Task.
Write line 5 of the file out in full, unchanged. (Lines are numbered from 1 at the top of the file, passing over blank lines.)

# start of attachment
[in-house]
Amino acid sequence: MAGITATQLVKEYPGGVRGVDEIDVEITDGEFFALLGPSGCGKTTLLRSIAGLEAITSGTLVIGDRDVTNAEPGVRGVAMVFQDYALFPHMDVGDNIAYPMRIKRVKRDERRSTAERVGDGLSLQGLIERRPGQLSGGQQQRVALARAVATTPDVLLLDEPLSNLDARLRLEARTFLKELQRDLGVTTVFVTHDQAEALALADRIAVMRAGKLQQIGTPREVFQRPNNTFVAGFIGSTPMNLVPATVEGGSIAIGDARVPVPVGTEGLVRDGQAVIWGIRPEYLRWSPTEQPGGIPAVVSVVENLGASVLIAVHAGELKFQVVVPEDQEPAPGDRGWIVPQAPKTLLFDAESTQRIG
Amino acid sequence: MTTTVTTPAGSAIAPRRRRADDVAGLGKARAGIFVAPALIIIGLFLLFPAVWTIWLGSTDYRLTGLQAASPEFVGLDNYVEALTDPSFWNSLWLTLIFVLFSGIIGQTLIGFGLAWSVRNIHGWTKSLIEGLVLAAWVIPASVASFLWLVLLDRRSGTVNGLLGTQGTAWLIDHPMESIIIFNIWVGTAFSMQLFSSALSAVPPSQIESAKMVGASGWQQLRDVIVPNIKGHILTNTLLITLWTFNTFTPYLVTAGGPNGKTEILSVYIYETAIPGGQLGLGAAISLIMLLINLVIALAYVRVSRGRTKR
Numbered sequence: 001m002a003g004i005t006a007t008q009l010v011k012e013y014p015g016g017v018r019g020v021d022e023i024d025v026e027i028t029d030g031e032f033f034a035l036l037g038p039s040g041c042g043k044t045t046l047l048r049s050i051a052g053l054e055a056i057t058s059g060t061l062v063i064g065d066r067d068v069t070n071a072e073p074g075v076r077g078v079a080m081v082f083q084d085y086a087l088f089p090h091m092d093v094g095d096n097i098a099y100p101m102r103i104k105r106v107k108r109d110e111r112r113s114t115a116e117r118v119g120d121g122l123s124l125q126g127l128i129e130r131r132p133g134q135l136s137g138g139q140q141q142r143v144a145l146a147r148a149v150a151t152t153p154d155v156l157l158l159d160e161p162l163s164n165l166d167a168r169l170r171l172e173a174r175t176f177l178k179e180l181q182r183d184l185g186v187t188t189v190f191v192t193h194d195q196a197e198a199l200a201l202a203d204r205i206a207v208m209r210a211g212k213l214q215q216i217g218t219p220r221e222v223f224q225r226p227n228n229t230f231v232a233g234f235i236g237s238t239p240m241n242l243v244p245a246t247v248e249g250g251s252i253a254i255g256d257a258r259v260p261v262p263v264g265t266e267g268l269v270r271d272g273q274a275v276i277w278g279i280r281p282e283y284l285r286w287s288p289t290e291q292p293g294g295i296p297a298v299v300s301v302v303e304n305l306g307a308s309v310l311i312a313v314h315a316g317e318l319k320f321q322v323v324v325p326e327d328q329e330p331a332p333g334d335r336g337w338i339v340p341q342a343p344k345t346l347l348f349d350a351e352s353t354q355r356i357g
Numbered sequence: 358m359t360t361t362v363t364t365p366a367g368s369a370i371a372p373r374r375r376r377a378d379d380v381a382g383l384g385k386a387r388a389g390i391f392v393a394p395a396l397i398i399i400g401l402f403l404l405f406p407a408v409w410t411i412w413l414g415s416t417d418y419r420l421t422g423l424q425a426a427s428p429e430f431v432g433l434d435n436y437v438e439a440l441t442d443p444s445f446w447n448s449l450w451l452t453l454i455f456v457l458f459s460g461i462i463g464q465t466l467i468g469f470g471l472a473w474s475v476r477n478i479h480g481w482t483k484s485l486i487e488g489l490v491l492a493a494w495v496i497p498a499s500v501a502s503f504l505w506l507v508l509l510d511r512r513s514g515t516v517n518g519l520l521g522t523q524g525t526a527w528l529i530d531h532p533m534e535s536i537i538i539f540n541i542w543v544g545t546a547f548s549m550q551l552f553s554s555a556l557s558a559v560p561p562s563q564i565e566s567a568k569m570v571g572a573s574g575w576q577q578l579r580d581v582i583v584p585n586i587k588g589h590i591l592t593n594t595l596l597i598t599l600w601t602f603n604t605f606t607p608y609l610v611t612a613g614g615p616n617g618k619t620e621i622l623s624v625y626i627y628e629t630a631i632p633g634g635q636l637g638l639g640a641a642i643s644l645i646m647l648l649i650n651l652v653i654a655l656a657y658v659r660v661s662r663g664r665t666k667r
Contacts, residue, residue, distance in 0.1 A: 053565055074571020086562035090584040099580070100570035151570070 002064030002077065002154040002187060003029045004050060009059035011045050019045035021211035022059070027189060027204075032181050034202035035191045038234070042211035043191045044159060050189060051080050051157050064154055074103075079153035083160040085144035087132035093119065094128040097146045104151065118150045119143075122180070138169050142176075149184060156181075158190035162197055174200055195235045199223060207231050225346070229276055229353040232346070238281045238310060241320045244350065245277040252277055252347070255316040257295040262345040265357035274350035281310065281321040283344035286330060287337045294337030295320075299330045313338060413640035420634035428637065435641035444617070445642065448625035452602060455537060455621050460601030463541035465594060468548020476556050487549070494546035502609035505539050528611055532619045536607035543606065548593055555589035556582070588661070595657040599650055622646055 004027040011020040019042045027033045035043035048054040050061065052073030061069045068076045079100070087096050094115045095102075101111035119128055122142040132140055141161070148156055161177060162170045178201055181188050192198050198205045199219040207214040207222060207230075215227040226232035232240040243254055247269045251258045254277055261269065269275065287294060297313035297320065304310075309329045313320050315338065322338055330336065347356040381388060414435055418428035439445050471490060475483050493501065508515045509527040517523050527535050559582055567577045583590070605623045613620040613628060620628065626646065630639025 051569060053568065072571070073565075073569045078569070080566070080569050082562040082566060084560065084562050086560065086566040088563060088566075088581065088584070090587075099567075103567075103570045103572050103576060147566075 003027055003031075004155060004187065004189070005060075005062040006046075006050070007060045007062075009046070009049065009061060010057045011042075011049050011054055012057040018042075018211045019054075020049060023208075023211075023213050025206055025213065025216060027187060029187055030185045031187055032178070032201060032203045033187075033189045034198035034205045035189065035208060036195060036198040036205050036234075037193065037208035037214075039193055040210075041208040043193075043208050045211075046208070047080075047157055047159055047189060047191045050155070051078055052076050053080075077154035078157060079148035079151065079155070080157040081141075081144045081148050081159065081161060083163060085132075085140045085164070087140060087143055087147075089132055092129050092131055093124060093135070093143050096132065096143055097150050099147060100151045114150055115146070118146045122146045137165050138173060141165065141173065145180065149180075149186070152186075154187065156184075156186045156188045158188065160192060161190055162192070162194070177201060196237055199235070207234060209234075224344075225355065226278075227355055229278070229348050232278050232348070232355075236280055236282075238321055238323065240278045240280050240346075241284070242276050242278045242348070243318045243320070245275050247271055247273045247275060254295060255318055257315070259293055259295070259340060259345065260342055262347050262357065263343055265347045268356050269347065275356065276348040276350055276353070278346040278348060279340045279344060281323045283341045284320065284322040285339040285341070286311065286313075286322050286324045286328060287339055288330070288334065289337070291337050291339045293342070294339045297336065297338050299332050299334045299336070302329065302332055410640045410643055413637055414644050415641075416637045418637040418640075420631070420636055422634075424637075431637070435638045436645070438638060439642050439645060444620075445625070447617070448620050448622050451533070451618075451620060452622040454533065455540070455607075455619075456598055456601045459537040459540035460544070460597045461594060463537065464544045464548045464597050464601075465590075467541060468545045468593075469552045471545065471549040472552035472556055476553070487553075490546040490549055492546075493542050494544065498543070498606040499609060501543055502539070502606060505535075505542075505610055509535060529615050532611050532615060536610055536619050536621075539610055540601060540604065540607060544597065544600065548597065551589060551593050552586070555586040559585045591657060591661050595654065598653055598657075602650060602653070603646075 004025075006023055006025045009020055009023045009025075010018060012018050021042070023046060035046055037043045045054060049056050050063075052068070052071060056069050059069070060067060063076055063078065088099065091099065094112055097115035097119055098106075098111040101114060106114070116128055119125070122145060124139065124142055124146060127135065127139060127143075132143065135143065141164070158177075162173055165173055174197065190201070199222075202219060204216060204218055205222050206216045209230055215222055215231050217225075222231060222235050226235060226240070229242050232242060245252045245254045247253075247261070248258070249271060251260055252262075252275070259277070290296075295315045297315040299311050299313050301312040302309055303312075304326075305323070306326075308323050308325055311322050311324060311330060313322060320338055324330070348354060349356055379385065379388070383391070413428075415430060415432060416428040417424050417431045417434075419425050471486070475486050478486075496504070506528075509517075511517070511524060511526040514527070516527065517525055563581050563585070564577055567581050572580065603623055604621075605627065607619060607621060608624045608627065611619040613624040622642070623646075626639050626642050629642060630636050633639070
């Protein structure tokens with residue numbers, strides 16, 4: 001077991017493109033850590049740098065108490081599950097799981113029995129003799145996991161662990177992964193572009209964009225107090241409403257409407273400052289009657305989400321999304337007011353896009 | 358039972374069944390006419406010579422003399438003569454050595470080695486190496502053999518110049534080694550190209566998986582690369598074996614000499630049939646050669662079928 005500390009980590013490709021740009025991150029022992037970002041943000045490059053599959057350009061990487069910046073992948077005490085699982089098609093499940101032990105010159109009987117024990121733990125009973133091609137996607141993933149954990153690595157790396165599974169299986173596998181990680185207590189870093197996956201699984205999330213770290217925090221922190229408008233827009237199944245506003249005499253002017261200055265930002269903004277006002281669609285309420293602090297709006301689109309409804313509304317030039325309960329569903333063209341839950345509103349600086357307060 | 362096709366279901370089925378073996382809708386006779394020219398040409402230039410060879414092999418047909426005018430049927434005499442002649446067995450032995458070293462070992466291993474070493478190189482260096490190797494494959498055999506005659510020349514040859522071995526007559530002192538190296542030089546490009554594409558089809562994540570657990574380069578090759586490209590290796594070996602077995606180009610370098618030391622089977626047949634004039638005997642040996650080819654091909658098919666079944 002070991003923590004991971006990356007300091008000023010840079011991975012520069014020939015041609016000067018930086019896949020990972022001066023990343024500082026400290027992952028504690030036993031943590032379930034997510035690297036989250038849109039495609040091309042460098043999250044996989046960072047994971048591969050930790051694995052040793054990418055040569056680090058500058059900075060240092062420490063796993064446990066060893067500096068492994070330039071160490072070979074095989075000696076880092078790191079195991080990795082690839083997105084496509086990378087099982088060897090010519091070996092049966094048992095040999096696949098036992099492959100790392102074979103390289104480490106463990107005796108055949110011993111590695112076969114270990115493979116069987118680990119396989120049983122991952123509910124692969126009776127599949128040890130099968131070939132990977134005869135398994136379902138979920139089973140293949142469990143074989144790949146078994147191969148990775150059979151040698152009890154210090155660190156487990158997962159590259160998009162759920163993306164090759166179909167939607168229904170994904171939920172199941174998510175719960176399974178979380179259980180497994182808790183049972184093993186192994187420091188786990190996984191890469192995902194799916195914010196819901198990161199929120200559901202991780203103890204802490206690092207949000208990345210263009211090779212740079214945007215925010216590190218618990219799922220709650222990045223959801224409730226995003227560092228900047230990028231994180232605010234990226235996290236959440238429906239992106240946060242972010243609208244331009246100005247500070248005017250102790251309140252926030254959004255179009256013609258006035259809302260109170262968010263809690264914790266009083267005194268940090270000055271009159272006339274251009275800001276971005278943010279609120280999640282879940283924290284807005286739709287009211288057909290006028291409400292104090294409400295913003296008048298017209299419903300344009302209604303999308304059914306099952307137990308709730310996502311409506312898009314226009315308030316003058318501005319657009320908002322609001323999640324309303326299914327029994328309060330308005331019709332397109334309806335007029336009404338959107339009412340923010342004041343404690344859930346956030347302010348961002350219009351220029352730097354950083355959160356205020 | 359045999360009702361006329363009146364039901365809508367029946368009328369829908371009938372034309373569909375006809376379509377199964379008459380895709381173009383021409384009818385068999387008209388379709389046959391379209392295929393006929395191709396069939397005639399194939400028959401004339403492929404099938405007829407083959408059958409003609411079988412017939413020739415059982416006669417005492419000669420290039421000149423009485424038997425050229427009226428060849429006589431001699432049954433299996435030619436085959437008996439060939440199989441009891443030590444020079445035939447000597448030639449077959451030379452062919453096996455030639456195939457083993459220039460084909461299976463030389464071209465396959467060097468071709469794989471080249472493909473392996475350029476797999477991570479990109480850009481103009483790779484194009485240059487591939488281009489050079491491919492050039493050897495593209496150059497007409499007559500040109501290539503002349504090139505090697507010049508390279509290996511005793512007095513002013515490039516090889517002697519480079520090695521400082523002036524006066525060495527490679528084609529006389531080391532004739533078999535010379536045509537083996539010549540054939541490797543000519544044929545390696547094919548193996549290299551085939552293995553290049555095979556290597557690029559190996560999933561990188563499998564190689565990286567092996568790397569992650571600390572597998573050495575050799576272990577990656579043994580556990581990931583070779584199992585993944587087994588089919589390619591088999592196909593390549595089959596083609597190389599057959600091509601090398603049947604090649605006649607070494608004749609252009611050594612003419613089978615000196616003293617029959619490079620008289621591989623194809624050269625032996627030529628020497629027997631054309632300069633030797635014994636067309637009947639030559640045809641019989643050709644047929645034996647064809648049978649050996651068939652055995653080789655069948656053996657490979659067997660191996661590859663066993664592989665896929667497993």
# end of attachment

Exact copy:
Numbered sequence: 358m359t360t361t362v363t364t365p366a367g368s369a370i371a372p373r374r375r376r377a378d379d380v381a382g383l384g385k386a387r388a389g390i391f392v393a394p395a396l397i398i399i400g401l402f403l404l405f406p407a408v409w410t411i412w413l414g415s416t417d418y419r420l421t422g423l424q425a426a427s428p429e430f431v432g433l434d435n436y437v438e439a440l441t442d443p444s445f446w447n448s449l450w451l452t453l454i455f456v457l458f459s460g461i462i463g464q465t466l467i468g469f470g471l472a473w474s475v476r477n478i479h480g481w482t483k484s485l486i487e488g489l490v491l492a493a494w495v496i497p498a499s500v501a502s503f504l505w506l507v508l509l510d511r512r513s514g515t516v517n518g519l520l521g522t523q524g525t526a527w528l529i530d531h532p533m534e535s536i537i538i539f540n541i542w543v544g545t546a547f548s549m550q551l552f553s554s555a556l557s558a559v560p561p562s563q564i565e566s567a568k569m570v571g572a573s574g575w576q577q578l579r580d581v582i583v584p585n586i587k588g589h590i591l592t593n594t595l596l597i598t599l600w601t602f603n604t605f606t607p608y609l610v611t612a613g614g615p616n617g618k619t620e621i622l623s624v625y626i627y628e629t630a631i632p633g634g635q636l637g638l639g640a641a642i643s644l645i646m647l648l649i650n651l652v653i654a655l656a657y658v659r660v661s662r663g664r665t666k667r